There are hundreds of thousands of posts about Monad in Google search. Many people just threw out endofunctor, morphism and nature transformation and so on. If you read more posts, you will get more confusing about Monad In fact, Monad is very simple definition in term of abstract algebra. Monad can be understood in three steps: $\text{ Group } \mathbf{G} => \text{ Monoid } \mathbf{S} => \text{ Monad } \mathbf{M}$

What is semigroup
Semigroup is like a group without inverse and identity. It is Associativity only.

\begin{align*} \forall a, b, c &\in S \\ a \otimes b \otimes c &= a \otimes b \otimes c \\ \end{align*}

What is Group?
Here is the informal definition of Group:
Given a set $S$, all the elements are closed under a binary operation denoted as $\otimes$ and the binary operation $\otimes$ is associative. Each elements has its own inverse and there is identity in the set $S$. \begin{align*} \forall a, b, c &\in S \\ (a \otimes b) \otimes c &= a (\otimes b \otimes c) &\quad \text{Associative}\tag{1} \\ \exists I, I \otimes a &= a \otimes I = a &\quad \text{Identity} \tag{2} \\ \exists a' \in S, a \otimes a' &= a' \otimes a = I &\quad \text{Inverse} \tag{3} \\ \end{align*}

### Concret example

Given a $S = \{0, 1, 2, \dots \}$ and let $a = 1, b = 2, c = 3, \quad I = 0, a' = -1, \quad \otimes = +$ \begin{align*} (1 + 2) + 3 &= 1 + (2 + 3) \quad &\text{ satisfy } (1) \\ 0 + 1 &= 1 + 0 = 1 \quad &\text{ satisfy } (2) \\ -1 + 1 &= 1 + (-1) = 0 \quad &\text{ satisfy } (3) \\ \end{align*}

What is Monoid?
Monoid is a group without the third condition (3), it means each element does not need to have inverse in Monoid.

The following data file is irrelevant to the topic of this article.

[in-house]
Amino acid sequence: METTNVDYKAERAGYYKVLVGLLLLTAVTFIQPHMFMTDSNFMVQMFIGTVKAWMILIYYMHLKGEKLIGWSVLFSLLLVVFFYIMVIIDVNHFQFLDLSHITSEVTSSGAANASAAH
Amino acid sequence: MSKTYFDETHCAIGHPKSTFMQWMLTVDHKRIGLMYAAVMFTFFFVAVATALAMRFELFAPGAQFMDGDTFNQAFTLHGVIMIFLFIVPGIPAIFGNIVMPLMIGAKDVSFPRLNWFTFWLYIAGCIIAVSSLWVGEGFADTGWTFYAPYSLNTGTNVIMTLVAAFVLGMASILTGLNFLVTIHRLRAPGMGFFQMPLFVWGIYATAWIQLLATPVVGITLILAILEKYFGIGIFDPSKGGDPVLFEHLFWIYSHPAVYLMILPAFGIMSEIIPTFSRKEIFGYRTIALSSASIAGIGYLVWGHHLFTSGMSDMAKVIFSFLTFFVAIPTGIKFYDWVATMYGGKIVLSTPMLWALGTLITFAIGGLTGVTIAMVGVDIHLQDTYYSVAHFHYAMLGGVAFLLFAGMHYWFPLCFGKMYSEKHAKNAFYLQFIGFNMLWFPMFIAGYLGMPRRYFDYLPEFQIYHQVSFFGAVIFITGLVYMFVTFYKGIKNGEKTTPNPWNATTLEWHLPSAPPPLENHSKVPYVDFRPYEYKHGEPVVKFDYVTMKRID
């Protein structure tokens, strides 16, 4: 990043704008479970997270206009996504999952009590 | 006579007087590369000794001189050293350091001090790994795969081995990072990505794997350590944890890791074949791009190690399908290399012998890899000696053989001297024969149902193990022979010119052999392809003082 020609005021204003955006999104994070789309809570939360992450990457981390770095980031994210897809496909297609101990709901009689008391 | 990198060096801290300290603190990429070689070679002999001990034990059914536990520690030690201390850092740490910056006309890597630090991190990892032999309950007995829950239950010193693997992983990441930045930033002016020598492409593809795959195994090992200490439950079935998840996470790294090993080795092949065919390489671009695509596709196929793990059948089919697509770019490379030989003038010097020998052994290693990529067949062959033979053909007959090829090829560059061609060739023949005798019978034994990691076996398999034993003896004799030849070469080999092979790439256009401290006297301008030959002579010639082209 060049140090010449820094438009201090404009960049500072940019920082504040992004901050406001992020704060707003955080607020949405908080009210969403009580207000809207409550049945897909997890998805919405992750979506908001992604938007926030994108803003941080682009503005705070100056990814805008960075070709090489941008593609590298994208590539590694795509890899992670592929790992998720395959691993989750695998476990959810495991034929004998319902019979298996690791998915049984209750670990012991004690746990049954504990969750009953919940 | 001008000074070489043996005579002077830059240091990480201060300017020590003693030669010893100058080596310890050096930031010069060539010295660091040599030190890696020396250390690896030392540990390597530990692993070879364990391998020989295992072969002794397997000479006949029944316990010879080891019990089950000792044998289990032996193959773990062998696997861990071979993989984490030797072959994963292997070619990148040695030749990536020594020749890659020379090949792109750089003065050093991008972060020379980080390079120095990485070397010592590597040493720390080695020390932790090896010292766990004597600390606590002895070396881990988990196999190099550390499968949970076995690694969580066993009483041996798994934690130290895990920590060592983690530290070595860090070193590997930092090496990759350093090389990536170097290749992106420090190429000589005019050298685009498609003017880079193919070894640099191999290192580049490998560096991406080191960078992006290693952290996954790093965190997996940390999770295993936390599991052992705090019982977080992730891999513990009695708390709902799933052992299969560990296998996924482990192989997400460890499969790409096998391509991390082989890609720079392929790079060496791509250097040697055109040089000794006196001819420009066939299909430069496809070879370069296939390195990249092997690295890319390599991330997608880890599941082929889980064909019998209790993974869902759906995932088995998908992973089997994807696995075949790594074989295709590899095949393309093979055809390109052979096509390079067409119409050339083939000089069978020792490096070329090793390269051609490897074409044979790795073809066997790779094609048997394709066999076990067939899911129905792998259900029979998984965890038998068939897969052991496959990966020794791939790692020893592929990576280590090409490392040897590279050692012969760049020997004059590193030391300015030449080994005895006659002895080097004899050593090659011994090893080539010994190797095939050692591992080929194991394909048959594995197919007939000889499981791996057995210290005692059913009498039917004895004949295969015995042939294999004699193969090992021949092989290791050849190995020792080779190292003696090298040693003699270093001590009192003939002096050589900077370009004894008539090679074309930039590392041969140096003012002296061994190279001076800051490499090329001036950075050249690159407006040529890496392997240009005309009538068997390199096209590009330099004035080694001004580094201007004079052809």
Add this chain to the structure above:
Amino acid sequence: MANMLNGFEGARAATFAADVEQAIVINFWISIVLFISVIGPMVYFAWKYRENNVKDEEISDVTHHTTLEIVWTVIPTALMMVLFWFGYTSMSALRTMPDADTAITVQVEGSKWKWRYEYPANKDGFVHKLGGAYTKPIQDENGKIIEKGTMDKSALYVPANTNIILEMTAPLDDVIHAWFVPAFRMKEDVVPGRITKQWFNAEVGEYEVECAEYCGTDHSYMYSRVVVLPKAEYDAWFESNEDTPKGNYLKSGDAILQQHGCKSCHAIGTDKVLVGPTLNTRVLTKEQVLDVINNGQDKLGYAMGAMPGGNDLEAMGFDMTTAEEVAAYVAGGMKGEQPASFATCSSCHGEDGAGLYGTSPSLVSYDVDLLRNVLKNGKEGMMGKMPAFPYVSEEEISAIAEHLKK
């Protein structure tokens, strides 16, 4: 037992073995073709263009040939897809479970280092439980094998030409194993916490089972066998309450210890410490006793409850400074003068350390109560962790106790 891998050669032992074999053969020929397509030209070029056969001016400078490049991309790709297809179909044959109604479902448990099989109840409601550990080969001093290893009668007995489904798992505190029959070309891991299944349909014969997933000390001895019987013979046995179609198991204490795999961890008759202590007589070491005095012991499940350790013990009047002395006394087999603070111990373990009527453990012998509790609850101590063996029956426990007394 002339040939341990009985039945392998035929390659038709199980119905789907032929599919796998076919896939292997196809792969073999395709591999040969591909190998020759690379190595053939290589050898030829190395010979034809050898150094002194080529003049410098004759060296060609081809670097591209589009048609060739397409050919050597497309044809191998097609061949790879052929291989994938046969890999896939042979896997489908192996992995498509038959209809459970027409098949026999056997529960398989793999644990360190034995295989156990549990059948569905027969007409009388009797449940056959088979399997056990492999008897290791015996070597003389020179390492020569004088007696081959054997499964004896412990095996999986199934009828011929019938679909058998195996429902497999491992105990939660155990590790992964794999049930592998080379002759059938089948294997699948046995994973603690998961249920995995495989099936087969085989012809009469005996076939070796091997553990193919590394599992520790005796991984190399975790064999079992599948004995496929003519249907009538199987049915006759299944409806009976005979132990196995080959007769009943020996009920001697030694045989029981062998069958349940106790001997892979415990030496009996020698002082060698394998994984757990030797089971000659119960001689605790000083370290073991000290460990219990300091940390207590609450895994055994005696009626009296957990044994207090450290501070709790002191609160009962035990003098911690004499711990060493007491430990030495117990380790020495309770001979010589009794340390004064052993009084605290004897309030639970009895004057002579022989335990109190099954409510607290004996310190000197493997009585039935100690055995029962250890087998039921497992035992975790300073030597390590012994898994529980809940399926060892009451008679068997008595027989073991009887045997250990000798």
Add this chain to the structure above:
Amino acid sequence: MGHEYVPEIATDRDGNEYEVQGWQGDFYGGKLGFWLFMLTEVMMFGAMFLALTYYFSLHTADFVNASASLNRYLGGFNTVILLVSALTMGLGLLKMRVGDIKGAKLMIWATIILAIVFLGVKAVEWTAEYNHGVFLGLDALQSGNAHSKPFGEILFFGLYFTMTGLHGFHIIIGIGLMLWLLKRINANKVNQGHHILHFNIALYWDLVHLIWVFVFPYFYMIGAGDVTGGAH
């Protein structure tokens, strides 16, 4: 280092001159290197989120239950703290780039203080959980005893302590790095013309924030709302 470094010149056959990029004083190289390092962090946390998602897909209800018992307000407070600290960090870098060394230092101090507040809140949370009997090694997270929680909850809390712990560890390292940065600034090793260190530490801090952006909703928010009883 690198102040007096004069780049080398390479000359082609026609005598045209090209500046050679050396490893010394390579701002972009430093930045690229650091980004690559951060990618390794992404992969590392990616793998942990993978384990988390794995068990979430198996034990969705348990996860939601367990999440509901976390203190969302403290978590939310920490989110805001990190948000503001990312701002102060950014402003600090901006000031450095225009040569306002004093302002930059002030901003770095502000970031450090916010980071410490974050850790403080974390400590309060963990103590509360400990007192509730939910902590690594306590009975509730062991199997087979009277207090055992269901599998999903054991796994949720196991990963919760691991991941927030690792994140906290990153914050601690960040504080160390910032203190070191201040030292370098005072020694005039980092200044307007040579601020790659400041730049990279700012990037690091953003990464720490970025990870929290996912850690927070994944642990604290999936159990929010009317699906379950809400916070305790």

\begin{align*} \forall a, b, c &\in S \\ (a \otimes b) \otimes c &= a \otimes (b \otimes c) \tag{1} \\ \exists I, I \otimes a &= a \otimes I = a \tag{2} \\ \end{align*}

### Example 1: List concatenation can be defined as Monoid

What are the elements in Monoid?
If we define $\Sigma = \{a, b, c, \dots , z\}$ all the strings in $\Sigma^{*}$ are elements.

What is the operation?
The operation can be defined as string concatenation or ++ in Haskell

What is the identity?
The identity can be defined as empty string, e.g. [] in Haskell
\begin{align*} \otimes &= \text{ ++ }, \quad I = [] \\ \text{ Given }a &= [a], \quad b =[e, f], \quad c = [h, i] \\ a \text{ ++ } b \text{ ++ } c &= [a, e, f, h, i] \\ a \text{ ++ } (b \text{ ++ } c) &= [a] \text{ ++ } [e, f, h, i] = [a, e, f, h, i] \\ => a \text{ ++ } b \text{ ++ } c &= a \text{ ++ } (b \text{ ++ } c) \quad \text{ Associativity } (1) \\ [] \text{ ++ } [a] &= [a] \text{ ++ } [] = [a] \quad \text{ Identity } (2) \\ \end{align*}